VCCI President Pham Tan Cong delivers a keynote address at the workshop, emphasizing the cultivation of a family business culture
Dispelling the misconception of business continuity as inherited property
Within the Vietnamese economy, family businesses are a substantial presence, accounting for 70% of the total number of enterprises, not to mention the over 5 million individual business households, often classified as micro-family businesses.
Highlighting the economic significance of family businesses, Mr. Pham Dinh Doan, Chairman of the Vietnam Family Business Council, referenced Family Capital's research on the global ranking of the top 750 family businesses. These enterprises collectively generate annual revenues exceeding US$9,000 billion and provide employment to nearly 30 million individuals.
Throughout economic history, it becomes apparent that powerful corporations often trace their roots back to family-run enterprises. In 2017, family businesses were estimated to contribute between 70% to 90% of global GDP.
In the United States, family businesses constitute nearly 90% of all registered companies. Australia acknowledges the contributions of family businesses through the observance of National Family Business Day on September 18, underscoring their impact on the national economy and local communities.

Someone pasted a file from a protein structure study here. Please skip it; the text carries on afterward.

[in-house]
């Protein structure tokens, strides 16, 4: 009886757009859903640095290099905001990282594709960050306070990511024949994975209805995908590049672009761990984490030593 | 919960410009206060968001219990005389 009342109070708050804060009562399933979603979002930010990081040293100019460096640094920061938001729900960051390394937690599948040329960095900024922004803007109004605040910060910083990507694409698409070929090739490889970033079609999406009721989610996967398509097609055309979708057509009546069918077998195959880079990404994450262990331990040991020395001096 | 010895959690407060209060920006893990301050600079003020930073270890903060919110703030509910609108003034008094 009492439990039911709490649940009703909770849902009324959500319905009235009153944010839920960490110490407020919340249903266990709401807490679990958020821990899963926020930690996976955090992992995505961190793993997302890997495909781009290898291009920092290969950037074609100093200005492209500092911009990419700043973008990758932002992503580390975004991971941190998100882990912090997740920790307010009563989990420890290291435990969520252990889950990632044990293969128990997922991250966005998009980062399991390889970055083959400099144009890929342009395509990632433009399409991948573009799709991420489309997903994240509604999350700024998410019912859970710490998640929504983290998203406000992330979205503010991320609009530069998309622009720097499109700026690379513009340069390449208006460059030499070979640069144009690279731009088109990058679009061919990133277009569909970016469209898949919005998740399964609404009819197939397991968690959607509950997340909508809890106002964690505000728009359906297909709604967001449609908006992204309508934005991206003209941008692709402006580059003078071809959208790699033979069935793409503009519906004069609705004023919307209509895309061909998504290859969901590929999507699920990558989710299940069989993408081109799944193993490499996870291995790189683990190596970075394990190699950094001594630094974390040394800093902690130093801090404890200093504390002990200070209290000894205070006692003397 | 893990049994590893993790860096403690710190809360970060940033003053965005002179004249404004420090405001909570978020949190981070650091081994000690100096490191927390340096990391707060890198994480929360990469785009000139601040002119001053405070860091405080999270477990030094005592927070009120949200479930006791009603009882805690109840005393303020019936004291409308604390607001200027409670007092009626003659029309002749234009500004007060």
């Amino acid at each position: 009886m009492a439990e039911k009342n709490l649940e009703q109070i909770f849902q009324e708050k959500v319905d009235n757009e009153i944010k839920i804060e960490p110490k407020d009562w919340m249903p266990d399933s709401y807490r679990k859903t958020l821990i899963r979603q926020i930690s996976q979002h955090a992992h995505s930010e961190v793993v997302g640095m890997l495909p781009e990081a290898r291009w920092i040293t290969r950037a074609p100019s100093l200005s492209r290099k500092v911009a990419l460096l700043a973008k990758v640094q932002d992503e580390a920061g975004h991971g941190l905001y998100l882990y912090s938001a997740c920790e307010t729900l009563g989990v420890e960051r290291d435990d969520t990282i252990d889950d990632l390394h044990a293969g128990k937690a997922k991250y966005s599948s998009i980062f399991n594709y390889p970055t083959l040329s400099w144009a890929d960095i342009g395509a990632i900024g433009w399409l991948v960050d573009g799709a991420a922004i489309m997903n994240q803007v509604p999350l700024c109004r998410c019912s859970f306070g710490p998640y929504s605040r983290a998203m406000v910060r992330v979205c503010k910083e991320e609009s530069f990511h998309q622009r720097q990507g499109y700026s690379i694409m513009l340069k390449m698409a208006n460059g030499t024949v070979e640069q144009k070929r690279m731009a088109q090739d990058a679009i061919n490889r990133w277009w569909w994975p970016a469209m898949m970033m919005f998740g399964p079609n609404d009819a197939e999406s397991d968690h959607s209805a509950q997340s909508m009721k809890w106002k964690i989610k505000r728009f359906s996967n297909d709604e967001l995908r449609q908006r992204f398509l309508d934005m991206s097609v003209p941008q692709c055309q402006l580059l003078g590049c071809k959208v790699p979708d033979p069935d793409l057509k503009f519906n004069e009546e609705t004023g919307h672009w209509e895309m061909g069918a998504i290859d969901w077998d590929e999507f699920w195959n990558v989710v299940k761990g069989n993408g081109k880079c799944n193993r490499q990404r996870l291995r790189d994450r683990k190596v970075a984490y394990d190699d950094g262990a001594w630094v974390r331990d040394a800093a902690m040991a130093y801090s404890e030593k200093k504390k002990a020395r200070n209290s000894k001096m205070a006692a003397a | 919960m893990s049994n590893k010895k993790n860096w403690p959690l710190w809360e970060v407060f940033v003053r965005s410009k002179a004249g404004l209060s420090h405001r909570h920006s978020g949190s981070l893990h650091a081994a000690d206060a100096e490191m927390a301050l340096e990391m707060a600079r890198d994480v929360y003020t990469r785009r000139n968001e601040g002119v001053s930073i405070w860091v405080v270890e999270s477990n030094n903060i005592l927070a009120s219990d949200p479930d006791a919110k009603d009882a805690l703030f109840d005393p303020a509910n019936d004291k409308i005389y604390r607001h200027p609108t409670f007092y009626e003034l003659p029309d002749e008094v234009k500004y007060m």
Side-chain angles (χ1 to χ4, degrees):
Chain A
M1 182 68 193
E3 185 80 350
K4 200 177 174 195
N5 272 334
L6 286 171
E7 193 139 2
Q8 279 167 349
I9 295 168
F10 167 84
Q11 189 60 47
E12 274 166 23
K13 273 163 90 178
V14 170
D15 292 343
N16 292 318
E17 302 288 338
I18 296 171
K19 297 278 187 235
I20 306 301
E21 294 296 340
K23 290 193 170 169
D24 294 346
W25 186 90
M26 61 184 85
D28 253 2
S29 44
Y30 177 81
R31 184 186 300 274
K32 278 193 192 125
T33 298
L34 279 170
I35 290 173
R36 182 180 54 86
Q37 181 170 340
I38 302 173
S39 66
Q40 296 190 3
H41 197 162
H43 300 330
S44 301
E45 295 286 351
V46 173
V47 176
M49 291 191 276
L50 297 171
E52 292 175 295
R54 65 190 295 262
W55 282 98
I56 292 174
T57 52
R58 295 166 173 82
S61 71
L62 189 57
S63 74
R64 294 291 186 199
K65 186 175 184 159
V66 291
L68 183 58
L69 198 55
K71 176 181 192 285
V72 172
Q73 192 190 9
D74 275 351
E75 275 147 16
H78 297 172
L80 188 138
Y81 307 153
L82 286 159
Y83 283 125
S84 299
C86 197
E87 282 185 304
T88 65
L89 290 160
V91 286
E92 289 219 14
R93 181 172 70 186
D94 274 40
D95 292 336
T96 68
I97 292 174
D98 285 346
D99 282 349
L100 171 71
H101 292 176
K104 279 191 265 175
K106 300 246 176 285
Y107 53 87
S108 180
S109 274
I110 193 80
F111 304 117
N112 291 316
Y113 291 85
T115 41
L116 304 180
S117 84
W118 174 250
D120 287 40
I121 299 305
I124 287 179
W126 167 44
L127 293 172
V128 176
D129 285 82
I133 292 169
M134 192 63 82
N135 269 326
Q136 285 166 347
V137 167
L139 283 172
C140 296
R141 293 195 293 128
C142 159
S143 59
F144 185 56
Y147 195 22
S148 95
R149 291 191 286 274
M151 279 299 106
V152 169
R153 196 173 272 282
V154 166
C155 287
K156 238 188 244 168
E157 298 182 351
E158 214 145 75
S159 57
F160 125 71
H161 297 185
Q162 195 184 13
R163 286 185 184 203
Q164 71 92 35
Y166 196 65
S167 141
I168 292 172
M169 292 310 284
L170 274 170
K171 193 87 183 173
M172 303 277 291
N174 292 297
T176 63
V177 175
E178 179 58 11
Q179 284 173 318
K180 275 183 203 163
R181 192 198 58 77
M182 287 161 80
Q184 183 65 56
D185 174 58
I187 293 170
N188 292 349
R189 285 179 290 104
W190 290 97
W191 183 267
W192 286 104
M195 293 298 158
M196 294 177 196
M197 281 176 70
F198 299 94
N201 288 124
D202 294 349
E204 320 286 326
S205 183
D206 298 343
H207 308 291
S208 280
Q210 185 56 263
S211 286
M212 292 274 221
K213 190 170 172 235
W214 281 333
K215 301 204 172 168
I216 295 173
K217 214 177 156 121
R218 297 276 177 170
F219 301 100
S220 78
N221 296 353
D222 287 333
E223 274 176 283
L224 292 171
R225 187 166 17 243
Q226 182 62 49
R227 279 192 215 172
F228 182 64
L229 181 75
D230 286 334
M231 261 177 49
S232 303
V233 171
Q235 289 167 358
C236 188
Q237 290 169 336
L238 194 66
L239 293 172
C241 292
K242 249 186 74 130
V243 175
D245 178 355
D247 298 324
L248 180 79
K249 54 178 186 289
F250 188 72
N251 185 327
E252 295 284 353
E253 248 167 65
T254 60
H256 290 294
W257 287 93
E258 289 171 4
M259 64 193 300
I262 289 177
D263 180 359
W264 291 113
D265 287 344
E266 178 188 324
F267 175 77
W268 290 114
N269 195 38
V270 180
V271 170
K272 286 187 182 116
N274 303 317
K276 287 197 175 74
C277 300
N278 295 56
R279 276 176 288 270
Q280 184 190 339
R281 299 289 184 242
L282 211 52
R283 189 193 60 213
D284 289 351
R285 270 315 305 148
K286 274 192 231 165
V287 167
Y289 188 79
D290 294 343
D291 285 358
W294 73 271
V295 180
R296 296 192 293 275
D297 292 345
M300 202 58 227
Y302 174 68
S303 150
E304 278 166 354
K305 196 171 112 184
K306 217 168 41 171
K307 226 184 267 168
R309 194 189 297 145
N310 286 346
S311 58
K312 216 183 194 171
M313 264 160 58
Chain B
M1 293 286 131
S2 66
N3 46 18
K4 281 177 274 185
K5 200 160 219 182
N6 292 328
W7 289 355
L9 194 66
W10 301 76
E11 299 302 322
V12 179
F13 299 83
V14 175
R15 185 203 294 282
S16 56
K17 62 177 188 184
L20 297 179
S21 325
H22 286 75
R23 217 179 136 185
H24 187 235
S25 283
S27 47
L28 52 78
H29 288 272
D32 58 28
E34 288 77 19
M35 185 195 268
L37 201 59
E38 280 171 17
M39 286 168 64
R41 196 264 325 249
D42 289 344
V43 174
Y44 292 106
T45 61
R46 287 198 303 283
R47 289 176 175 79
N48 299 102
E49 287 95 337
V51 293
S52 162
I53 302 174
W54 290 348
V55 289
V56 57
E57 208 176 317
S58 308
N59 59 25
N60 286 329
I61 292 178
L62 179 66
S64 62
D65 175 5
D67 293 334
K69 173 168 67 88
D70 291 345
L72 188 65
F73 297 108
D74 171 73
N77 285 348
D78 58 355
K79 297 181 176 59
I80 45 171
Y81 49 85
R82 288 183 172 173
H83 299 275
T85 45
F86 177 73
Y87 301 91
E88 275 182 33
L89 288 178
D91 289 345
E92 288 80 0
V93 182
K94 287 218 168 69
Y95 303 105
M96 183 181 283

Within the Vietnamese context, Doan noted the absence of defined legal regulations pertaining to the family business model. Consequently, the concept of family business culture remains relatively novel, despite its historical significance within the Vietnamese economy.
In developed nations, family businesses frequently contribute between 55% to 80% of GDP, indicating untapped potential for the growth of family businesses in Vietnam, both in breadth and depth.
To ensure the sustainability of family businesses, Ms. Ha Thi Thu Thanh, Chairwoman of the Board of Members of Deloitte Vietnam Co., Ltd., argued that these enterprises must rest on four foundational pillars: Business strategy, competitiveness, corporate culture, and leadership commitment, all contributing to economic benefits.
Nonetheless, Vietnamese family businesses predominantly prioritize growth and economic performance, whereas the true strategy of family businesses should center on enhancing competitiveness and fostering a culture rooted in the commitments of their owners. This misalignment impedes the maturation of family business administration, obscures brand value, and hinders the recognition of leadership reputation.
Conversely, research indicates that successful generational transitions within family businesses are a rarity, with failures being all too common. One fundamental issue is the absence of clarity between family culture and corporate culture. Family businesses frequently conflate value continuation with property inheritance, ultimately constraining their developmental prospects.
VCCI President Pham Tan Cong and Vice President Hoang Quang Phong present gifts to participants and outstanding family businesses
Distinguishing between family culture and corporate culture